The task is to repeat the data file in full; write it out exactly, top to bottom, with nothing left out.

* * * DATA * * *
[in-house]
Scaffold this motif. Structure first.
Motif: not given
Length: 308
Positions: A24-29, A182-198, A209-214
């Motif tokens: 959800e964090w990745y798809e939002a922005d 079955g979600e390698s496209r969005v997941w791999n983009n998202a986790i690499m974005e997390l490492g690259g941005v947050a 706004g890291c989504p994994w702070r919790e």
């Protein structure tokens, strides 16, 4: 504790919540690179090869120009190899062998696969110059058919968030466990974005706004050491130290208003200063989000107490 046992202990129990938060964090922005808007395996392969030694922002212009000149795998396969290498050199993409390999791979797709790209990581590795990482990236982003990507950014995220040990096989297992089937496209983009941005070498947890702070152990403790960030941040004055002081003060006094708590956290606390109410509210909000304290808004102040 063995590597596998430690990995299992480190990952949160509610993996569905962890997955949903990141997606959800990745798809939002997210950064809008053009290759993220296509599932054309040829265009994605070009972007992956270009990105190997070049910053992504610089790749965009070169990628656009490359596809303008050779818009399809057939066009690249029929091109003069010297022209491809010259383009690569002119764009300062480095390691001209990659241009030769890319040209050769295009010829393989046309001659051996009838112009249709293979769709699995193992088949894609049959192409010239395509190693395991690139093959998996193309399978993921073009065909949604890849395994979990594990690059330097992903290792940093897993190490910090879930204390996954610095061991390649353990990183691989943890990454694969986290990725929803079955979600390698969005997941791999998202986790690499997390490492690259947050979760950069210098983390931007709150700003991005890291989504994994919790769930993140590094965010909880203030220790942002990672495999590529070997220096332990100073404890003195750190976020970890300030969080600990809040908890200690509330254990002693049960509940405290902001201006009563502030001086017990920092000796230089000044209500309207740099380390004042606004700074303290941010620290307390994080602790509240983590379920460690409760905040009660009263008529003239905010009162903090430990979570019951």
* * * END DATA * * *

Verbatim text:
[in-house]
Scaffold this motif. Structure first.
Motif: not given
Length: 308
Positions: A24-29, A182-198, A209-214
């Motif tokens: 959800e964090w990745y798809e939002a922005d 079955g979600e390698s496209r969005v997941w791999n983009n998202a986790i690499m974005e997390l490492g690259g941005v947050a 706004g890291c989504p994994w702070r919790e």
């Protein structure tokens, strides 16, 4: 504790919540690179090869120009190899062998696969110059058919968030466990974005706004050491130290208003200063989000107490 046992202990129990938060964090922005808007395996392969030694922002212009000149795998396969290498050199993409390999791979797709790209990581590795990482990236982003990507950014995220040990096989297992089937496209983009941005070498947890702070152990403790960030941040004055002081003060006094708590956290606390109410509210909000304290808004102040 063995590597596998430690990995299992480190990952949160509610993996569905962890997955949903990141997606959800990745798809939002997210950064809008053009290759993220296509599932054309040829265009994605070009972007992956270009990105190997070049910053992504610089790749965009070169990628656009490359596809303008050779818009399809057939066009690249029929091109003069010297022209491809010259383009690569002119764009300062480095390691001209990659241009030769890319040209050769295009010829393989046309001659051996009838112009249709293979769709699995193992088949894609049959192409010239395509190693395991690139093959998996193309399978993921073009065909949604890849395994979990594990690059330097992903290792940093897993190490910090879930204390996954610095061991390649353990990183691989943890990454694969986290990725929803079955979600390698969005997941791999998202986790690499997390490492690259947050979760950069210098983390931007709150700003991005890291989504994994919790769930993140590094965010909880203030220790942002990672495999590529070997220096332990100073404890003195750190976020970890300030969080600990809040908890200690509330254990002693049960509940405290902001201006009563502030001086017990920092000796230089000044209500309207740099380390004042606004700074303290941010620290307390994080602790509240983590379920460690409760905040009660009263008529003239905010009162903090430990979570019951």